Theft and Human Nature

In it’s barest form, theft fundamentally exists due to people (criminals) seeing an opportunity within which they have more to gain than they have to lose. The balance (or imbalance) between these two opposing poles can be utilized as a theoretical framework which can be applied to a variety of criminal acts; originally the article’s title itself was “Crime and Human Nature”, however due to some reconsideration when looking at cases of more serious crimes this framework can be lost. Although with something simple such as petty theft the framework can be viewed as a logical explanation, even within this petty crime there would no doubt be a small, lets say 10% left over due to individuals who do not fit upon the scale, outliers you could call them. When one looks further up the scale of criminal acts, at for example murder, it can be seen how the value of a “lose” – “gain” scale becomes highly diluted. What could someone possibly have to gain from murdering another individual? Well, it could be linked to a crime, to which they are merely an obstacle to the prize at the end, to which the punishment for committing murder is seen by the individual as “worth it”. But, when the actual act itself is committed, you start to encounter individuals whose motivations are their enjoyment of committing murder. They could be written off as mentally ill –  lock them in an asylum you say? But why have they laid dormant all these years, could it be that they too can be placed on the scale? The “lose” for them may just be getting caught in the act so they cannot commit it again, thus a ban on their committing murder is the downside. This probably is something an amateur such as myself cannot answer…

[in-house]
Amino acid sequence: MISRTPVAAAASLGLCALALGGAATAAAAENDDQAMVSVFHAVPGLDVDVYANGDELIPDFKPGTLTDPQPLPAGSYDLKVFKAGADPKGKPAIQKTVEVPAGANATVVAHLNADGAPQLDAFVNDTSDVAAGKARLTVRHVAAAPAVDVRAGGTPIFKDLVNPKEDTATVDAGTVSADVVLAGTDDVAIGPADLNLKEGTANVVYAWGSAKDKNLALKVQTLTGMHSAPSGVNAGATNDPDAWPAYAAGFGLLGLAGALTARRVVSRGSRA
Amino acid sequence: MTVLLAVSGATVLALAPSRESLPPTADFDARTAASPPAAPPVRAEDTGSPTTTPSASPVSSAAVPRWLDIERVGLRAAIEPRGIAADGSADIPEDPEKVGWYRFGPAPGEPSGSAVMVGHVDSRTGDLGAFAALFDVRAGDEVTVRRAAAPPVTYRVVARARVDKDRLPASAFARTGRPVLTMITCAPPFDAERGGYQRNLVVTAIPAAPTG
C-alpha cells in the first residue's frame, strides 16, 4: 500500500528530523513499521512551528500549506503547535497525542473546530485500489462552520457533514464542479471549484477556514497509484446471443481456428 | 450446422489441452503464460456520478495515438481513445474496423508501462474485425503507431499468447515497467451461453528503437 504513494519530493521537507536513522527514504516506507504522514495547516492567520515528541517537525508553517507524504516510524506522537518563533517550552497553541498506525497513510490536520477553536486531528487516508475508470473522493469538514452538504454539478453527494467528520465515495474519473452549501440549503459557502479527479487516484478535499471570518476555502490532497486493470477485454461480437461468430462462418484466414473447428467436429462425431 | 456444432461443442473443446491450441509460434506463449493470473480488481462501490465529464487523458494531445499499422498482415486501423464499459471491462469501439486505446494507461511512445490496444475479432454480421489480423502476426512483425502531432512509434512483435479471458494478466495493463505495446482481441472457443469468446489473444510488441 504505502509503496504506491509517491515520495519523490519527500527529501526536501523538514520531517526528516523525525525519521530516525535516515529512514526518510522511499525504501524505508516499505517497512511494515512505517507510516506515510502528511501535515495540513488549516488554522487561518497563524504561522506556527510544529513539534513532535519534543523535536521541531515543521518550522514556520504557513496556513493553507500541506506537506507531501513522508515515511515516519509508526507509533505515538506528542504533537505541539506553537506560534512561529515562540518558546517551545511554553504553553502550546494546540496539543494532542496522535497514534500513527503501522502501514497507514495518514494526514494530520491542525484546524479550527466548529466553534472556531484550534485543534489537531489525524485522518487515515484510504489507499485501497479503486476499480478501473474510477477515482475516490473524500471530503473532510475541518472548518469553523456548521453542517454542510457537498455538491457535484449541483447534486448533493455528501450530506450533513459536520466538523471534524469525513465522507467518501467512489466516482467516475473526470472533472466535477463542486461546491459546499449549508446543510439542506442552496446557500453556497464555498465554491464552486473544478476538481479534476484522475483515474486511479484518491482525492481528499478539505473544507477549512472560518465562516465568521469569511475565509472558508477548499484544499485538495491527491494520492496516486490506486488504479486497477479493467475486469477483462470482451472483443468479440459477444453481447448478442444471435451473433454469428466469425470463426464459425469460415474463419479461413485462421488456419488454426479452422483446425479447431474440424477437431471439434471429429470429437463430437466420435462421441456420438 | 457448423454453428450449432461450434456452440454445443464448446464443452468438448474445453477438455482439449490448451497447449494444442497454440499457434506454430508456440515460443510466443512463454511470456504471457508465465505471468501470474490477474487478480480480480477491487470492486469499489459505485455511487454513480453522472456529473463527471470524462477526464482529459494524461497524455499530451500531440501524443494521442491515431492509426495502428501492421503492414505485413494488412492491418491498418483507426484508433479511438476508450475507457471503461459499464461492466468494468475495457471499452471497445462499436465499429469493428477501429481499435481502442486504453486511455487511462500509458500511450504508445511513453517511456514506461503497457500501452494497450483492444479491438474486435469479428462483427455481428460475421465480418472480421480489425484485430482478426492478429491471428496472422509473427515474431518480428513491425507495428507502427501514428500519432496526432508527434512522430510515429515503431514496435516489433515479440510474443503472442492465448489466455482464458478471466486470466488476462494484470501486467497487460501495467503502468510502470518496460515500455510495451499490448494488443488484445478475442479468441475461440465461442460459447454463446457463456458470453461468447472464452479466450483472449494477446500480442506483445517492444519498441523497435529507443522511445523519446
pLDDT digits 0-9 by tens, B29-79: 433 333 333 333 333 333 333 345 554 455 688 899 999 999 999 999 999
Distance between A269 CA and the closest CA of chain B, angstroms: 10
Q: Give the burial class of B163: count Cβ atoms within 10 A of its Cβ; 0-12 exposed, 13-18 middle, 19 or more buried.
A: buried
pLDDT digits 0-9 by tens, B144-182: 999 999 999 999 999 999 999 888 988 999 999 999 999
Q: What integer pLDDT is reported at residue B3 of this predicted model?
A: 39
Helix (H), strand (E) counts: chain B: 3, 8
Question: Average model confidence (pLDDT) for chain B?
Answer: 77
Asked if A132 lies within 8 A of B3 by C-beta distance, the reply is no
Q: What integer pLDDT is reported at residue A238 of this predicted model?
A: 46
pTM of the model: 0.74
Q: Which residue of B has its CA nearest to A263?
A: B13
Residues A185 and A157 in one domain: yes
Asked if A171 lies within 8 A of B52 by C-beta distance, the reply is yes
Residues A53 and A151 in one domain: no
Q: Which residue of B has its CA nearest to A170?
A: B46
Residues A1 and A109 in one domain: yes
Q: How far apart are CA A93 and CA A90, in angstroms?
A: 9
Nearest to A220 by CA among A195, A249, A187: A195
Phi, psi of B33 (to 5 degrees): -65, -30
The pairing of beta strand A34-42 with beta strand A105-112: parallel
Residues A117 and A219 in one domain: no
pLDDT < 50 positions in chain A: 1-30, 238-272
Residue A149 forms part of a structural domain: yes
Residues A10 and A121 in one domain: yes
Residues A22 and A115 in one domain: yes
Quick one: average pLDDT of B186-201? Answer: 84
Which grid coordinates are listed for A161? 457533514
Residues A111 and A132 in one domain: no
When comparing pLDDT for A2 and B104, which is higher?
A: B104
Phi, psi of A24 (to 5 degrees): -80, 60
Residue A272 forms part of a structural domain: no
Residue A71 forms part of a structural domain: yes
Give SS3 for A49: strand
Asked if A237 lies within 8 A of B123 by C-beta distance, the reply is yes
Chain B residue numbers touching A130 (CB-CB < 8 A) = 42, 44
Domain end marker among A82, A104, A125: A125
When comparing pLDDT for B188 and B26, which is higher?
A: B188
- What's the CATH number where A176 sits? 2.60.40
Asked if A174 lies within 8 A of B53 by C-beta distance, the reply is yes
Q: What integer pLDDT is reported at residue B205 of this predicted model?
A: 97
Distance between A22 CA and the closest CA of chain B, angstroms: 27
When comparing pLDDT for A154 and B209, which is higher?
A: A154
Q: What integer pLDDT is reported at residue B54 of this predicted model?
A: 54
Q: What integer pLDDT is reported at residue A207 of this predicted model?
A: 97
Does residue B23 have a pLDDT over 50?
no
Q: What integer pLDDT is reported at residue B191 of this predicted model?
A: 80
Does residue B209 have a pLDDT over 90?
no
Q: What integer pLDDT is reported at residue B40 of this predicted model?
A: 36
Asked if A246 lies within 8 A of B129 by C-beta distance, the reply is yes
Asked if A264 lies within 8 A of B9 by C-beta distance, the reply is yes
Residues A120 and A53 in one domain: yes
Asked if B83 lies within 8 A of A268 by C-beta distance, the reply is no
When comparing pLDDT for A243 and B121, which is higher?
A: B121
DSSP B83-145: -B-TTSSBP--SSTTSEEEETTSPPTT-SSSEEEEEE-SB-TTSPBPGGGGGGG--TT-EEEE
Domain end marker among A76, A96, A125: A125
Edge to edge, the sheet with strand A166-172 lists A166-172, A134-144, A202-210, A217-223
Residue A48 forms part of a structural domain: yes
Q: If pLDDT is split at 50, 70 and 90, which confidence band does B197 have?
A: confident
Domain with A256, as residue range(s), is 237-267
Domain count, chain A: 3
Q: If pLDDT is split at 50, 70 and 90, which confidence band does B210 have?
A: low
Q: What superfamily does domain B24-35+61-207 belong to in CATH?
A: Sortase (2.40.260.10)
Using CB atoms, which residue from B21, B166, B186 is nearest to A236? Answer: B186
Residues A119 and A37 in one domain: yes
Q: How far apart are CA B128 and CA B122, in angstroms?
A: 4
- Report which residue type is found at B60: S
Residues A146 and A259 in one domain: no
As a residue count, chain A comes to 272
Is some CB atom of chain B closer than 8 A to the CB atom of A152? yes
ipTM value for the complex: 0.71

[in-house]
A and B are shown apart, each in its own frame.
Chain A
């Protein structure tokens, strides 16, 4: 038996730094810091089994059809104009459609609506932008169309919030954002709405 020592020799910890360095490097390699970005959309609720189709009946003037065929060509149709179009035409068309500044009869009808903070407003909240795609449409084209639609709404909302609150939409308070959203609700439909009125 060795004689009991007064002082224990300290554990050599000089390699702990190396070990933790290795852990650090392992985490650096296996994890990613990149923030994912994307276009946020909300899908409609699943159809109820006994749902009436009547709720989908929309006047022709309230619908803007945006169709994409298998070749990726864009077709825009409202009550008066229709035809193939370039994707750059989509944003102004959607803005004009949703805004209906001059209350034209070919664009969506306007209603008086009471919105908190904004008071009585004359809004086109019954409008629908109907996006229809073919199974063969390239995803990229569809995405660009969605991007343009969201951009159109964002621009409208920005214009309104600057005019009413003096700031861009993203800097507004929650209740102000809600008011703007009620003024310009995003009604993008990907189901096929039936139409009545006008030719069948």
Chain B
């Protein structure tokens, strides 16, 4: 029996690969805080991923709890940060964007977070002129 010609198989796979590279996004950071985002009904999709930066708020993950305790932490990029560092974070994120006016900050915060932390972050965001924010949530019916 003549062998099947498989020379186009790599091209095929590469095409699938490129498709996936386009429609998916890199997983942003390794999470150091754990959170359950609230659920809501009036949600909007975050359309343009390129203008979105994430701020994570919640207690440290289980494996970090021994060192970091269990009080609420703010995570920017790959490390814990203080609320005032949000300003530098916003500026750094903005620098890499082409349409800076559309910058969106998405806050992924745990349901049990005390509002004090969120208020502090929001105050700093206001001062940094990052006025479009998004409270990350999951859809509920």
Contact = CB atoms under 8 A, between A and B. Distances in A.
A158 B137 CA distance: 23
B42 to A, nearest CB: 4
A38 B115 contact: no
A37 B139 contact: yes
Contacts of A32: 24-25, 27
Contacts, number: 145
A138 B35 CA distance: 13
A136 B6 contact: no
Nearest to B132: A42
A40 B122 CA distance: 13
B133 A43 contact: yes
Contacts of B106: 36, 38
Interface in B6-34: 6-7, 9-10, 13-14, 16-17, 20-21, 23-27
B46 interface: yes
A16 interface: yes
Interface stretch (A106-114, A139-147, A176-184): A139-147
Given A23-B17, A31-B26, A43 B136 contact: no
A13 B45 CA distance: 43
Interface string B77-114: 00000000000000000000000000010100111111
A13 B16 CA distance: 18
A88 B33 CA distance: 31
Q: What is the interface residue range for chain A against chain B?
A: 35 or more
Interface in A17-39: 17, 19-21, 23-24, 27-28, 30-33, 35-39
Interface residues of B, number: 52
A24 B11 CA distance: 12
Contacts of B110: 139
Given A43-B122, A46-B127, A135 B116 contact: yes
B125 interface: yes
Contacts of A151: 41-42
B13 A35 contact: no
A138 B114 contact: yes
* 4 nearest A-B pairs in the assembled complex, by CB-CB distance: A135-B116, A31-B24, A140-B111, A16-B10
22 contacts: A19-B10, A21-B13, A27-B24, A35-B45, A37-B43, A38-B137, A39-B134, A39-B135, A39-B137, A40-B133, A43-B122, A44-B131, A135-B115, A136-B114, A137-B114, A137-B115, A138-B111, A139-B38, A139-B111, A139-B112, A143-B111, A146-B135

Within society as a whole, contemporary crime and punishment takes the scale I have just explained and focuses on the “lose” element, devising punishment and justice in order to bring down retribution upon the perpetrator.This can be seen as a near sole focus on the punishment side of the crime, whilst nearly outright ignoring the reasoning behind committing it. In short, a tactic of retribution over rehabilitation. Although this is probably the most cost effective way to tackle crime – as is the nature of capitalist society – is it the right way, even the best way in the long term? I almost catch myself thinking: what if a society existed where in the focus of justice were on the “gain” element. The society that were to answer this conundrum would have to be one based not on profit, one not riddled by inequality. At risk of seeming like I am preaching: the only society that could thoroughly tackle the nature of crime and punishment would be a socialist society, one within which the long term developments of society were prioritized over the need of capitalist society to continuously grow and create increasing profit for the ruling class.

It is telling that the society in which the incarceration is the highest as a percentage of population (See:, the United States, the country most riddled with neoliberal economics, the most pro-capitalist, “the belly of the beast”. As long as a situation exists within which some are needy then the crime rates will never be substantially depleted. To tackle crime, we have to tackle the cause of crime, not just the simplistic motivations, but the origin of the “gain” motivation.There is also a social element to this origin, if  a society could be created within which regards for other humans trumped the “gain” element then a similar rapid depletion would occur. Essentially generating a societal environment in which humans are made to feel that they have less to gain by the theft of material goods than what they have to lose in the breach of their morality. Although this situation can appear to have religious connotations, it can often appear that the a strong moral code and religious doctrine have much in common, indeed the Ten Commandments is essentially a  basic moral code. The message stays the same: society must learn that fundamental cause of crime cannot be solved by simply focusing on an outdated methodology of punishment over rehabilitation. A step in the right direction would obviously be welcomed, how we treat drug abusers would be a great first step. However, this would only ever reap inchoate returns, for a more egalitarian solution the yoke of capitalist society must be overthrown.



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